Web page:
const actionTypeJediCreateInit = 'jedi-app/jedi-create-init'
const actionTypeJediCreateSuccess = 'jedi-app/jedi-create-success'
const actionTypeJediCreateError = 'jedi-app/jedi-create-error'

class ReducerJedi {
// Take a look at "Class field delcaratrions" proposal, which is now at Stage 3.
// https://github.com/tc39/proposal-class-fields
initialState = {
data: [],
error: undefined,
}

@Action(actionTypeJediCreateInit)
return {
...state,
}
}

@Action(actionTypeJediCreateSuccess)
return {
error: undefined,
}
}

@Action(actionTypeJediCreateError)
error(state, action) {
return {
...state,
}
}
}

Now as we see where we want to get we could do it step by step.

### Step 1. Action decorator.

What we want to do here is to accept any number of action types and store them as meta-information for a class' method to use later. To do that we could utilize reflect-metadata polyfill, which brings meta-data functionality to Reflect object. After that this decorator would just attach its arguments (action types) to a method as meta-data.

const METADATA_KEY_ACTION = 'reducer-class-action-metadata'

export const Action = (...actionTypes) => (target, propertyKey, descriptor) => {
}

### Step 2. Creating a reducer function out of a reducer class

As we know each reducer is a pure function that accepts a state and an action and returns a new state. Well, class is a function as well, but ES6 classes can not be invoked without new and we have to make an actual reducer out of a class with a few methods anyway. So we need to somehow transform it.

We need a function that would take our class, walk though each method, collect metadata with action types, build an reducer map and create a final reducer out of that reducer map.

Here's how we could examine each method of a class.

const getReducerClassMethodsWthActionTypes = (instance) => {
// Get method names from class' prototype
const proto = Object.getPrototypeOf(instance)
const methodNames = Object.getOwnPropertyNames(proto).filter(
(name) => name !== 'constructor',
)

// We want to get back a collection with action types and corresponding reducers
const res = []
methodNames.forEach((methodName) => {
instance,
methodName,
)
// We want to bind each method to class' instance not to lose this context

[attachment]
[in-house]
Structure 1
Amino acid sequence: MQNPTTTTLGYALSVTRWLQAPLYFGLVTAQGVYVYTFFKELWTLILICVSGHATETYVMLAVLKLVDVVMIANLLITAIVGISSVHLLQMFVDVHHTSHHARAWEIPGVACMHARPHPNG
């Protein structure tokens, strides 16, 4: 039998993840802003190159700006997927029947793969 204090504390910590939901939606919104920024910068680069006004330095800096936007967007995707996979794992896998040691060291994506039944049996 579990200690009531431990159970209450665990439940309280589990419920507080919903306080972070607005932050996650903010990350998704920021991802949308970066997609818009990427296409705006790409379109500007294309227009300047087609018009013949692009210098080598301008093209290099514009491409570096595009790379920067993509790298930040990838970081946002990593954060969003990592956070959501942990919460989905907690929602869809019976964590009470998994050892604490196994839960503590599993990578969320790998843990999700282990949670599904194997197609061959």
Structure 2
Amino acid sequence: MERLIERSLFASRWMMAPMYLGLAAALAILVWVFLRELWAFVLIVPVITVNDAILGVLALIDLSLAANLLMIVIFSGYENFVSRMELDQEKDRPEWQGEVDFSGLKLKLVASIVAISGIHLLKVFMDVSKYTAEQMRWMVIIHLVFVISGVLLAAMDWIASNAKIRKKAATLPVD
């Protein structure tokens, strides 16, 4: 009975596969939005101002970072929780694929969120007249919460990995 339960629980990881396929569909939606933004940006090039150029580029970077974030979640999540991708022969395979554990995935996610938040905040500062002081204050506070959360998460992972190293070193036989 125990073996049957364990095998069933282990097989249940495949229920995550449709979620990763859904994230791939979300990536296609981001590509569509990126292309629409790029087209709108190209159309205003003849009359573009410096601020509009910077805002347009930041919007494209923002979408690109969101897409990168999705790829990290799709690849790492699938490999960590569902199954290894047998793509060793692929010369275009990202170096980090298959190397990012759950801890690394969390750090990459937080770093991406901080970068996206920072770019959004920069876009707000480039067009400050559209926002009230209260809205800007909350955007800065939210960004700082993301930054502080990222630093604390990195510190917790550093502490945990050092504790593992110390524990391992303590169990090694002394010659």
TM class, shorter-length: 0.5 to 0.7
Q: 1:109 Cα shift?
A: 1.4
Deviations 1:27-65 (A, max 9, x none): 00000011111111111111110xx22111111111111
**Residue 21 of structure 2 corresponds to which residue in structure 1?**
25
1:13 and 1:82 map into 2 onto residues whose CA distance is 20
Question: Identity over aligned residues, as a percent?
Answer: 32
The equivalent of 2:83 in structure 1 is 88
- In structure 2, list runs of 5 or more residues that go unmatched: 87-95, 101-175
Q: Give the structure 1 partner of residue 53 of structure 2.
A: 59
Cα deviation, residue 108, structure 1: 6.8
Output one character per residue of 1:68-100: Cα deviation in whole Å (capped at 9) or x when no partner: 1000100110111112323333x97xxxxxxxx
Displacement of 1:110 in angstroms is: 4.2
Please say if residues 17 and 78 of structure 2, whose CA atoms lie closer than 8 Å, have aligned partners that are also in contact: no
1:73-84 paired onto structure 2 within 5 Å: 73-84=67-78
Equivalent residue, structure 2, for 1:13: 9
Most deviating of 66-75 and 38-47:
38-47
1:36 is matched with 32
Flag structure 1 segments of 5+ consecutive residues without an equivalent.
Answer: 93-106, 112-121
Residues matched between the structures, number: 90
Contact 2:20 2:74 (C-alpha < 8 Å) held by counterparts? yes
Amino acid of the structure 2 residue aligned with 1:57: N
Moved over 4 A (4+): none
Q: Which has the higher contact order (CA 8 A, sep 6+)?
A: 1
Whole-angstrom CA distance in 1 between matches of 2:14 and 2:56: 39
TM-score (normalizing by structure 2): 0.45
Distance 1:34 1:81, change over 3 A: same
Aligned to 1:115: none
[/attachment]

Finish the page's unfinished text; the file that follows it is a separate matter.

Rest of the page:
const method = instance[methodName].bind(instance)
// We might have many action types associated with a reducer
actionTypes.forEach((actionType) =>
res.push({
actionType,
method,
}),
)
})
return res
}

Now we want to process the received collection into a reducer map.

const getReducerMap = (methodsWithActionTypes) =>
methodsWithActionTypes.reduce((reducerMap, { method, actionType }) => {
reducerMap[actionType] = method
return reducerMap
}, {})

So the final function could look something like this.

import { createReducer } from 'redux-create-reducer'

const createClassReducer = (ReducerClass) => {
const reducerClass = new ReducerClass()
const methodsWithActionTypes = getReducerClassMethodsWthActionTypes(
reducerClass,
)
const reducerMap = getReducerMap(methodsWithActionTypes)
const initialState = reducerClass.initialState
const reducer = createReducer(initialState, reducerMap)
return reducer
}

And we could apply it to our ReducerJedi class like this.

const reducerJedi = createClassReducer(ReducerJedi)

### Step 3. Merging it all together.

// We move that generic code to a dedicated module
import { Action, createClassReducer } from 'utils/reducer-class'

const actionTypeJediCreateInit = 'jedi-app/jedi-create-init'
const actionTypeJediCreateSuccess = 'jedi-app/jedi-create-success'
const actionTypeJediCreateError = 'jedi-app/jedi-create-error'

class ReducerJedi {
// Take a look at "Class field delcaratrions" proposal, which is now at Stage 3.
// https://github.com/tc39/proposal-class-fields
initialState = {
data: [],
error: undefined,
}

@Action(actionTypeJediCreateInit)
return {
...state,
}
}

@Action(actionTypeJediCreateSuccess)
return {
error: undefined,
}
}

@Action(actionTypeJediCreateError)
error(state, action) {
return {
...state,
}
}
}

export const reducerJedi = createClassReducer(ReducerJedi)

## Next steps

Here's what we missed:

• What if the same action corresponds to several methods? Current logic doesn't handle this.
• What if I use class-based actions? How could I pass an action creator, not an action type?

All of it with additional code samples and examples is covered with reducer-class.

I must say using classes for reducers is not an original thought. @amcdnl came up with awesome ngrx-actions quite a while ago, but it seems like he's now focused on NGXS, not to mention I wanted more strict typing and decoupling from Angular-specific logic. Here's a list of key differences between reducer-class and ngrx-actions.

If you like the idea of using classes for your reducers, you might like to do the same for your action creators. Take a look at flux-action-class.

Hopefully, you found something useful for your project. Feel free to communicate your feedback to me! I most certainly appreciate any criticism and questions.